Doomed voyage, part two
So we walked up to the truck prepared to be wowed. It sat there glistening in the sun. First thing we noticed that was a slight bit different was the passenger side windshield was busted. I don’t mean it had a crack in it I mean it was a stunning likeness of a black widow’s web. Then there was the fact that two of the four mirrors were broken. And one of those chicken lights on that big fancy chrome bumper was busted. “Small details,” we murmured to each other and walked up to get a closer look.
A quick walk around inspection turned up a few more interesting details:
Brakes were wafer-thin.
Eight of the ten tires were virtually bald while the two right rear drives were brand new. What’s up with that?
One of the air bags didn’t inflate properly once we started the truck.
Massive air leak under the right rear of the sleeper.
When we shut the truck off it dumped all the air in less than three minutes.
Stacks appeared ready to fall off the truck when you closed the door.
Passenger seat had no air controls at all.
Cabinets weren’t actually bolted to the walls so they just sort of flopped around.
One brake light didn’t work at all and the turn signals at the rear of the truck were reversed so that when you signaled left the right light came on.
Sigh. Wasn’t exactly the truck of our dreams needless to say. Still… all the problems we had found were things that could be fixed if you had enough money to throw at the thing. So since our motel was less than a mile away, we decided to drive it over there and think about the situation over dinner.
I started the beast up and waited for it to build air pressure. After what seemed like an hour, I was finally ready to roll. I eased it into gear and headed out into the unknown. Pulling out of the parking spot it was in I had to turn right and was surprised when I headed straight toward these old four-wheelers parked all the way across the lot. Good lord! I could have burned donuts in a Columbia in the amount of space that truck took to start inching right. I actually had to reverse and cut it tighter to get moving toward the street. Ugh! I told myself that it wasn’t a big deal, however, and reminded myself that everyone told me that the Classic has a huge turning radius — no big deal we could get used to that… eventually.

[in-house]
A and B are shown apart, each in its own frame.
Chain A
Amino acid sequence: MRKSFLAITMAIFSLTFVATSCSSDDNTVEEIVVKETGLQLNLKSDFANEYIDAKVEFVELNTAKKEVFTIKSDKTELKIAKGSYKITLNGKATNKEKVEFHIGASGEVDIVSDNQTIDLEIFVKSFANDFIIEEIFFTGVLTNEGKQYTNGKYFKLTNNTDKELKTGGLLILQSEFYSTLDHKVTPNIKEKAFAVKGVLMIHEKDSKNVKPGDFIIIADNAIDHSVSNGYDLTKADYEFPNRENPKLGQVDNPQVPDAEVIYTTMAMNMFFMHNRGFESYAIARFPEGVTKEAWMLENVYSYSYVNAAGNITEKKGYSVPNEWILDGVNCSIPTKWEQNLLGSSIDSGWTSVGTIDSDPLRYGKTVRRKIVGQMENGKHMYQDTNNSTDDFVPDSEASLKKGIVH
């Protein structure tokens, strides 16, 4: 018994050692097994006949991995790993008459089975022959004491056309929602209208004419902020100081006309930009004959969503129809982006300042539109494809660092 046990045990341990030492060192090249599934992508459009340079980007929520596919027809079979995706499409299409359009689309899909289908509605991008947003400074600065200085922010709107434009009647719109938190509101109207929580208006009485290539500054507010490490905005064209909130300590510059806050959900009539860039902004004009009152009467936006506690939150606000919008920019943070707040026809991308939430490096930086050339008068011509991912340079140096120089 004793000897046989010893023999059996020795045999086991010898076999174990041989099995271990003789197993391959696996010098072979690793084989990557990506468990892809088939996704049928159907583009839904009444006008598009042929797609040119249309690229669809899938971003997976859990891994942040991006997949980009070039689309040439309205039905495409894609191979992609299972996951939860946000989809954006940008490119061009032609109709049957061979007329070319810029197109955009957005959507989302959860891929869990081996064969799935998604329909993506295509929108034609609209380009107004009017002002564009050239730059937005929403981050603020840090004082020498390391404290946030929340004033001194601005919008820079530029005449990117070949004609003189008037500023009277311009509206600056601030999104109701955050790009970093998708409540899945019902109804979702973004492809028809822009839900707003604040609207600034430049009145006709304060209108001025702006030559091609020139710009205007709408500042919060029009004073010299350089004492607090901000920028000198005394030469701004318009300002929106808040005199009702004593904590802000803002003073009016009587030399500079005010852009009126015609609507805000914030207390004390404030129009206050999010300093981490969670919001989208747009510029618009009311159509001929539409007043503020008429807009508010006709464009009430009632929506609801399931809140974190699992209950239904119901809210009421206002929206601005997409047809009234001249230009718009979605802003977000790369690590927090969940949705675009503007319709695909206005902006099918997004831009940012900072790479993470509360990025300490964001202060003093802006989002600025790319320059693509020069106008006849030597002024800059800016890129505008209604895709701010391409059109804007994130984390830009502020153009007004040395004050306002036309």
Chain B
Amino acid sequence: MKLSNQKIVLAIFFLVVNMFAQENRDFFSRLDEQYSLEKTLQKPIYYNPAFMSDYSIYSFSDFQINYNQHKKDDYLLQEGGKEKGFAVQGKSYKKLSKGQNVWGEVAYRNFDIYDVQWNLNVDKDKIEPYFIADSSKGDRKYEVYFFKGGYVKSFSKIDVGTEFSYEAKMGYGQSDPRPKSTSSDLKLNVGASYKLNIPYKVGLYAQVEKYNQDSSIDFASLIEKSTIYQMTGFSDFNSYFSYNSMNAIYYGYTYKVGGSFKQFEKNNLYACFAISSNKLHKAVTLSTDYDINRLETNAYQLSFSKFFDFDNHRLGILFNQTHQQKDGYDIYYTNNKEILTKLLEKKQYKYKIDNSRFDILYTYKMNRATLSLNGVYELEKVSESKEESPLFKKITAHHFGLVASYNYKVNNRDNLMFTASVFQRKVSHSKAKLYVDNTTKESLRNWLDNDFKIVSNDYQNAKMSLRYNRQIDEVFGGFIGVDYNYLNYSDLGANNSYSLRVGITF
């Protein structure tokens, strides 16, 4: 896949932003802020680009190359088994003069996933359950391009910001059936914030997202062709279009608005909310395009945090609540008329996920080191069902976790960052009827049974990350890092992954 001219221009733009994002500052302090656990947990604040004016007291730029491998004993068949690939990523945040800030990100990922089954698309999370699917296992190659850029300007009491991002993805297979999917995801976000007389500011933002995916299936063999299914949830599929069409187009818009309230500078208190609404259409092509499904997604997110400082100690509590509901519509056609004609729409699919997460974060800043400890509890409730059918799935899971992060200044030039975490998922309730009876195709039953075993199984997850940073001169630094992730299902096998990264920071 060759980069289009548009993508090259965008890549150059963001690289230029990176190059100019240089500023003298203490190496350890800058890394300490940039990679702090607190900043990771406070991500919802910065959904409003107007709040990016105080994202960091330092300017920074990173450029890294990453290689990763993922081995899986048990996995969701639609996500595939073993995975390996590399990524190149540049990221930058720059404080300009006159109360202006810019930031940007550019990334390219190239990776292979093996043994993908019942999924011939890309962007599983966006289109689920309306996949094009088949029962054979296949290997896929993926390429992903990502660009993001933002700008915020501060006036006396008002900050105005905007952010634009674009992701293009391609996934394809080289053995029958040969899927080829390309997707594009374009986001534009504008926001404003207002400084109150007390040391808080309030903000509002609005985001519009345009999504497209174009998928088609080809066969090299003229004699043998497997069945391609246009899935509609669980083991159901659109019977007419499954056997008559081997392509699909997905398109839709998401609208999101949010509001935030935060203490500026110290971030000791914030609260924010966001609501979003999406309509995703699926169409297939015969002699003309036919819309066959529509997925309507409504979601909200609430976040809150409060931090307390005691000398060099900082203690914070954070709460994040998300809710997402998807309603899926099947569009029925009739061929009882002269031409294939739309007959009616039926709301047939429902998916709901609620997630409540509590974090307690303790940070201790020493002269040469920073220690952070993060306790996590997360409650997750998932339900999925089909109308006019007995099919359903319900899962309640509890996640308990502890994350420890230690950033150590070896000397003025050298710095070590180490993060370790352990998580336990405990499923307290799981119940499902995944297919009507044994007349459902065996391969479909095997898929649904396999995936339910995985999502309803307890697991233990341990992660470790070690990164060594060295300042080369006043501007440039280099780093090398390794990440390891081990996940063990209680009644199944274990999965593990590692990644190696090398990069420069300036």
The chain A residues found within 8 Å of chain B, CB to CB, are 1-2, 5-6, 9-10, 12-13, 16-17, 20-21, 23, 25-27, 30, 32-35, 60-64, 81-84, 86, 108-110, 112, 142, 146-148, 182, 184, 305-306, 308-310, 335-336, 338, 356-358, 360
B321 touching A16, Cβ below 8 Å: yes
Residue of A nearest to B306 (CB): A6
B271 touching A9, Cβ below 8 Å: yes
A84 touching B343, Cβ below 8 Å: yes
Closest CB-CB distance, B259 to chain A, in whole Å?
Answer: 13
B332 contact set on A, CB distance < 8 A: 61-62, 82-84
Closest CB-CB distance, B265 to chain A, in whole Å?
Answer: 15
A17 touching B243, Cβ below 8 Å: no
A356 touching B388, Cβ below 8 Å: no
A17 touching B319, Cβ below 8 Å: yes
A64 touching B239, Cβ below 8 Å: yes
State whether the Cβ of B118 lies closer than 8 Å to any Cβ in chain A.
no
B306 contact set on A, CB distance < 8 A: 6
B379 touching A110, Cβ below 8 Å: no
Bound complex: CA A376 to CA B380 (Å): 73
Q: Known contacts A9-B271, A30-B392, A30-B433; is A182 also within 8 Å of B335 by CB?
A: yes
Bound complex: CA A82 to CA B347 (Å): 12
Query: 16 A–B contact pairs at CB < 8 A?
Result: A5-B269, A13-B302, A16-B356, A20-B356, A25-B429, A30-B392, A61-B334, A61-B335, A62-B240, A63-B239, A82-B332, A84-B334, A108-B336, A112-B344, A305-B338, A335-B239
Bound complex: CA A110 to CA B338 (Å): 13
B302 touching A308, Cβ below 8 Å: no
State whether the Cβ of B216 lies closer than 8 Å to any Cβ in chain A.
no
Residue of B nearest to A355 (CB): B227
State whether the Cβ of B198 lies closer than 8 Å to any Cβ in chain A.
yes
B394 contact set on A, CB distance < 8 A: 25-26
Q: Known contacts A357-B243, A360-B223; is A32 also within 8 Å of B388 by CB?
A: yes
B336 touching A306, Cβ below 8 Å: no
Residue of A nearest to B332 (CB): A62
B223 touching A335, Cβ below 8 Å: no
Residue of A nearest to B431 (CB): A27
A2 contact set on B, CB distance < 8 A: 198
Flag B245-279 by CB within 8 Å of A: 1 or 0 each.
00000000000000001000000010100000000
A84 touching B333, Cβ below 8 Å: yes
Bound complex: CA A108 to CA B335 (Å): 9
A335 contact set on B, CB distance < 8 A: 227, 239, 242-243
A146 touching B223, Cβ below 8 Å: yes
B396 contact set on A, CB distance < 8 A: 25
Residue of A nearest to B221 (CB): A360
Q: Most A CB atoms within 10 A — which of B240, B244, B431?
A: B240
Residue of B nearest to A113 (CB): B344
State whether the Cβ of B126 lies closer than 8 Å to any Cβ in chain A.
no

Well I finally made it to the street, turned left onto Reno and headed toward the motel. The shifting went better than I expected considering it had been almost three years since I’d had to shift. I wasn’t great or anything but it was passable. Got to the first stoplight on our route and prepared to make a right turn. It was one of those intersections where there were four lanes and a raised median in the center. When the light turned green I turned the hell out of that steering wheel and started rolling slowly forward. Straight into the median. Everyone at the intersection stared and pointed. Small children fell to the ground holding their sides with uncontrollable laughter. A sightseeing group of nuns fell to their knees and began praying over the deplorable state of affairs in the trucking industry. Fred the hubcap-selling wino got so worked up over the stupidity of it all that he accidentally rolled his cart into the street and spilled hubcaps all over the road. Sigh.
There I was nosed into the median in the middle of a very busy intersection. I mean that truck had barely turned at all. It didn’t even come close to making 45 degrees. I had to back up in the middle of the intersection and cut it tighter to get into a travel lane. Good thing Stace was behind me in the rental car to fend off traffic and give me room to move. As I backed up, I made sure to run over some of the rolling hubcaps laying around on the street.
I was finally moving forward and had the shifting going well enough to realize that I had no speedometer or odometer. Nada. Stopped at ten miles per hour.And you know what that means… that truck could have three million miles on it. With no odometer there was simply no way of knowing how many miles they had put on it since the engine rebuild. Not that I had time to worry about that at the moment since I was just trying to keep it moving smoothly down the road.
Finally, there was only one more right turn on our route. Which was luckily one of those giant forgiving intersections that you could probably have moved a small building onto that side street if you were careful. No problem… I made the turn ok and headed to the motel. Made it into the motel without incident. Whew!
Managed to get it parked and shut down safely and started to get out to meet with Stace who was getting out of the rental car. Couldn’t get the damned door open. Stace had to open the door to let me out of the truck. I got out and we tried to lock the door. Neither door locked. Seriously. And the repeated slamming of the door trying to get it closed tight enough to lock was obviously on the verge of causing the stack to fall off the truck. In the end, I just blocked the truck in with the rental car and left good enough alone.
I turned to Stace. She turned to me. We looked at the truck. As one we burst out with, “Oh my god, I hate it. You hate it, too? Thank god cause I really really hate it.”